We are about to wrap up the discussion about whether to applaud, and when. First, if you’d like to see the comments of classical fans who responded on Drew McManus’s Adaptistration , go here, then come right back.
Unless something extraordinary pops up, we conclude with a comment from Bill Kirchner, who more or less initiated the conversation.
Fascinating views from the classical part of the spectrum. Maybe the overall lesson is that regimented, obligatory, unspontaneous responses from an audience are a drag for all concerned. Let people
respond as and when they wish, but *because* they wish to, not because they believe it’s their duty.
A composer friend of ours tells of going to hear a performance of a work by a famous contemporary composer. After twenty minutes, our friend was so overwhelmed in a negative sense that he started booing and was escorted out of the hall. “But you know,” our friend remarked, “I give ________ credit; he got an honest and deep reaction out of me.”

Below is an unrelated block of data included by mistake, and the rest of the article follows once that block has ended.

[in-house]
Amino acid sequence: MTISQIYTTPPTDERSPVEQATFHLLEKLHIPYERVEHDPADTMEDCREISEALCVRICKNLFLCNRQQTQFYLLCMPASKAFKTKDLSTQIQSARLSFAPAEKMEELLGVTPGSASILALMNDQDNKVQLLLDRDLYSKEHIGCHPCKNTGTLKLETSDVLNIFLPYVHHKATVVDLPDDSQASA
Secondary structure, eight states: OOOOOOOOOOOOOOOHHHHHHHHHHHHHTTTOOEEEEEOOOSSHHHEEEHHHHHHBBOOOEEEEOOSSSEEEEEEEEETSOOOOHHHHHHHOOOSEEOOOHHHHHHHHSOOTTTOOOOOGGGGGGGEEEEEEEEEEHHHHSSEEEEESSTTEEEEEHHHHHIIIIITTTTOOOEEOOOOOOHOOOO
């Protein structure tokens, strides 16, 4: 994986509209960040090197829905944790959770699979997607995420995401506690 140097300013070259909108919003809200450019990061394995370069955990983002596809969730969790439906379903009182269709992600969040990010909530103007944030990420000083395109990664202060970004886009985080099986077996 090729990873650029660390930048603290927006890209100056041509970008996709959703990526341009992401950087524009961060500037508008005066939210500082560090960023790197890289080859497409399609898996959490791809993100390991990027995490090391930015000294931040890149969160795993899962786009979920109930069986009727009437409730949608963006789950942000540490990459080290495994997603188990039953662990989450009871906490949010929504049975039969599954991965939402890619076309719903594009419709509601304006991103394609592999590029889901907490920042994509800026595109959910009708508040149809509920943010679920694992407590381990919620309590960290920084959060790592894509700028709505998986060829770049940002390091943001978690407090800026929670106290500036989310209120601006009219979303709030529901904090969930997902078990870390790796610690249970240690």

As a rule, I don’t advocate booing, but perhaps both jazz and classical audiences need to be encouraged to trust their guts more and be less encumbered by tired conventions of conduct.
I would like to tell you the names of both composers, but a promise is a promise.